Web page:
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Faster Review

Faster Review

(Warning, contains slight spoilers)

Ah, now this is more like it. For a while there I thought we’d lost you Dwayne. Don’t get me wrong, you were as likeable as ever in all those affable little kids movies like ‘Race to Witch Mountain’ and ‘The Tooth Fairy’, but it was beyond fine time that you returned to your bread and butter, that being a good nitty gritty hard boiled action flick. This last year we were blessed with two such outings from the former WWE superstar, both with similar titles; that being ‘Fast Five’ and ‘Faster’, the former of which I have yet to see (although it’s on my list) and the latter of which will be the focus of this review.

In this movie Dwayne ‘The Rock’ Johnson plays a man, known only as ‘Driver’, who is hellbent for revenge against the large group of people who murdered his brother and left him for dead in a robbery gone wrong. He and his brother had been hired into this group of assorted criminals as getaway drivers, but unbeknownst to them, it had been a set-up and they were the ‘expendable’ ones who had to take the fall. Now several years later our ‘Driver’ is through with his prison term, and is ready to go out and get himself some serious effing payback on these scumbags, which he does quite capably, delivering bullets through skulls and knives through hearts left and right.

Johnson in this movie doesn’t so much play a person, but an emotion, pure unadulterated anger. Our driver does not waste anytime getting started on his quest for blood either. Right at the beginning of the movie, he literally runs out of prison, and then a few subsequent miles, to a nearby town where he finds waiting for him, his classic 70s sports car (badass action heroes always have to have cool OLD cars) a big gun, lots of bullets, and a list of soon to be, very, very, very dead lowlife murdering sons of bitches. The Rock has never looked tougher, meaner, or more menacing than he does in this film.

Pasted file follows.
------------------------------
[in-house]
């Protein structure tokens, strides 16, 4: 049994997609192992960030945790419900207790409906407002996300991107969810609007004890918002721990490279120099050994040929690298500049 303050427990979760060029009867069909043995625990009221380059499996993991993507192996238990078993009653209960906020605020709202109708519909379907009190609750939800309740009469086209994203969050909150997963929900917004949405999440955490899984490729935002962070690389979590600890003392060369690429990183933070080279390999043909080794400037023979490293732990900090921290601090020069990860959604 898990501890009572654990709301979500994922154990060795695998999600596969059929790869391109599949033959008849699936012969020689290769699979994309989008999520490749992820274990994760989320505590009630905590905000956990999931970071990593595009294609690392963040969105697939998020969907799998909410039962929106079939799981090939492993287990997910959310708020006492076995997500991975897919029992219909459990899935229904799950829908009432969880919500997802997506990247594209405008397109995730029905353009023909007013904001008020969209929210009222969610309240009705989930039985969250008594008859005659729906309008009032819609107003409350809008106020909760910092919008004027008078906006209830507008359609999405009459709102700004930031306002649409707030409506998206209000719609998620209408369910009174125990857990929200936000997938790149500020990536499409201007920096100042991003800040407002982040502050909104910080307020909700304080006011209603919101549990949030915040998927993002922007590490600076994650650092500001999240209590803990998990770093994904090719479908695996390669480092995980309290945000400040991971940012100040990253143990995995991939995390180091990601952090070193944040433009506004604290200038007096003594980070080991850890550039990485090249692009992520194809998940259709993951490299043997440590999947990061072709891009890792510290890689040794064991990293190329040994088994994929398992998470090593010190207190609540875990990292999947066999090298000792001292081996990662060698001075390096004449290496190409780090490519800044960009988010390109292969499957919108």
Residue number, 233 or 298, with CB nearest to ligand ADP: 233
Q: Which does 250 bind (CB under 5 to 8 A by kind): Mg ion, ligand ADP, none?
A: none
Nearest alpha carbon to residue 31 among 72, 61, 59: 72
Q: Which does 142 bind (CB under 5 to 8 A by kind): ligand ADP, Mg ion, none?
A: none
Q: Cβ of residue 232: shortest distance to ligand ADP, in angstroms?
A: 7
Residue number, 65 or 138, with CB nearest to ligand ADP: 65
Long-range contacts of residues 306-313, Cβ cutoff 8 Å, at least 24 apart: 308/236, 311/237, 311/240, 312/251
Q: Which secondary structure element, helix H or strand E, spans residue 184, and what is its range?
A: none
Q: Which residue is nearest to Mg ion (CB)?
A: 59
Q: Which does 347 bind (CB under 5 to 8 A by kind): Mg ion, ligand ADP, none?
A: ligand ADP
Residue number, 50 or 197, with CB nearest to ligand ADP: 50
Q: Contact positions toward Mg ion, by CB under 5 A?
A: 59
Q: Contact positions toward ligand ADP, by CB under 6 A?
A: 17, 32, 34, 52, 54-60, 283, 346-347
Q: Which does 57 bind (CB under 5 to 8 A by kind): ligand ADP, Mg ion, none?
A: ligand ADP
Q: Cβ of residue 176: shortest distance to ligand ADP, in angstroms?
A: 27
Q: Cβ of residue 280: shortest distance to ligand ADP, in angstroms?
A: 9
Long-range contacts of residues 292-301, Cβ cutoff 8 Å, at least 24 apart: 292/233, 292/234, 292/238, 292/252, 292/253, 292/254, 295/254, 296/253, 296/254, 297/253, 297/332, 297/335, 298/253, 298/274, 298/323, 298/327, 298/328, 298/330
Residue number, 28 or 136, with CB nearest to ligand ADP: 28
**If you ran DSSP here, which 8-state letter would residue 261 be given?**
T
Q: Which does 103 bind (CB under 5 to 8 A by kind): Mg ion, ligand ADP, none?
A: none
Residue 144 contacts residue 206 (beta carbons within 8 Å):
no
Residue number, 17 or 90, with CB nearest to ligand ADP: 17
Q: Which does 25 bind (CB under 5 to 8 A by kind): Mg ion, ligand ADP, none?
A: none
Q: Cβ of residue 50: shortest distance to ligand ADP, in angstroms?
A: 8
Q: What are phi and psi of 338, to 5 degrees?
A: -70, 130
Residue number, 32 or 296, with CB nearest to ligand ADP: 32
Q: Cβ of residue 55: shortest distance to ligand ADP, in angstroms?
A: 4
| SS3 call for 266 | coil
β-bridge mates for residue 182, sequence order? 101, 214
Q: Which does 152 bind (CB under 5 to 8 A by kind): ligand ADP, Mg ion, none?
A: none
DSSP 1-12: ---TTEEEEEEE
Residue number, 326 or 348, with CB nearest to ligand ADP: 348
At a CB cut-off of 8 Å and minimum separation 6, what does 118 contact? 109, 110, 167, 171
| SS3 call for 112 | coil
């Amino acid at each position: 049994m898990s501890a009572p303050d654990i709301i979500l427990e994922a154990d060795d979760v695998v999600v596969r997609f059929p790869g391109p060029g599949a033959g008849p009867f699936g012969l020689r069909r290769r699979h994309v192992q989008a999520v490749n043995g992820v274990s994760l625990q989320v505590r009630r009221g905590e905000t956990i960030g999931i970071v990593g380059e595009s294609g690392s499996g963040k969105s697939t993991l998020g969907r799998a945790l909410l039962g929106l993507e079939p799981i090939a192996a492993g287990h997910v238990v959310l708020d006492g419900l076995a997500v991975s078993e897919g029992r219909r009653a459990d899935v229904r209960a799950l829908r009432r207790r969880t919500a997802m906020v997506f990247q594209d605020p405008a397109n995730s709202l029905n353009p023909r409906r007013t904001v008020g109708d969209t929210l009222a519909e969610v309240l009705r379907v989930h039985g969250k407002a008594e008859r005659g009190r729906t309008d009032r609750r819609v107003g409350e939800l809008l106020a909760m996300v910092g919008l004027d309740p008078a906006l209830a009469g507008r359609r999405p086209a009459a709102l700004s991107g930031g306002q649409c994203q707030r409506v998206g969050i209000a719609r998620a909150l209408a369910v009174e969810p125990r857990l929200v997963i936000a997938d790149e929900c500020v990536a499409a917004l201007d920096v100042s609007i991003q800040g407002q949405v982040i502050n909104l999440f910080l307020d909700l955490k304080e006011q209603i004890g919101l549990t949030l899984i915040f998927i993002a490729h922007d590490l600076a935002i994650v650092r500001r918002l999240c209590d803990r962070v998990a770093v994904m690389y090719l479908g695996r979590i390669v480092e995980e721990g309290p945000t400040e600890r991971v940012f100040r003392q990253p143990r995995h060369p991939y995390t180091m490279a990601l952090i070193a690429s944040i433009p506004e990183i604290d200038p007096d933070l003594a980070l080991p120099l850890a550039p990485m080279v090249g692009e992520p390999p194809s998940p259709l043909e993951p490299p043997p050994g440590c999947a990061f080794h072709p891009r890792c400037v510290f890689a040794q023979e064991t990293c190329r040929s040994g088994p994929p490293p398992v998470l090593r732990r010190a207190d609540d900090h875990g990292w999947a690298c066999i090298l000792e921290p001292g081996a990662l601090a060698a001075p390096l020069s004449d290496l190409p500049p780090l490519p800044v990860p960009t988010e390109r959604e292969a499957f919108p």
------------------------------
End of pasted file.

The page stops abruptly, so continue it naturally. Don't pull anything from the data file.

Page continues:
This is one of those movies that keeps a lot of things close to its vest. If you put a little thought into it you can probably figure out where most of the little plot lines are going, though it isn’t as obvious as some others. But even if you do figure it all out, for me anyway, it doesn’t make the movie any less enjoyable here. Appearing here alongside the Rock is Billy Bob Thornton, who plays a detective who, is, of course, just a few weeks/days away from retirement. And of course, you know the rule, in an action movie, any cop that near retirement is doomed to a horrible end somehow, although I won’t spoil for those who haven’t seen it whether that holds true or not here. Thornton’s character here is “assigned” to this case after the Driver’s murder spree begins. When he’s not trying to crack that tough nut of a case, we see him in some genuinely tender scenes with his son, with whom he has visitation rights through his ex-wife. While on the job he is under the supervision of a female officer named Cicero played here by Carlo Gugino, who does a good job in one of those roles that requires her character to fit all the pieces of a rather convoluted puzzle together, several steps too late.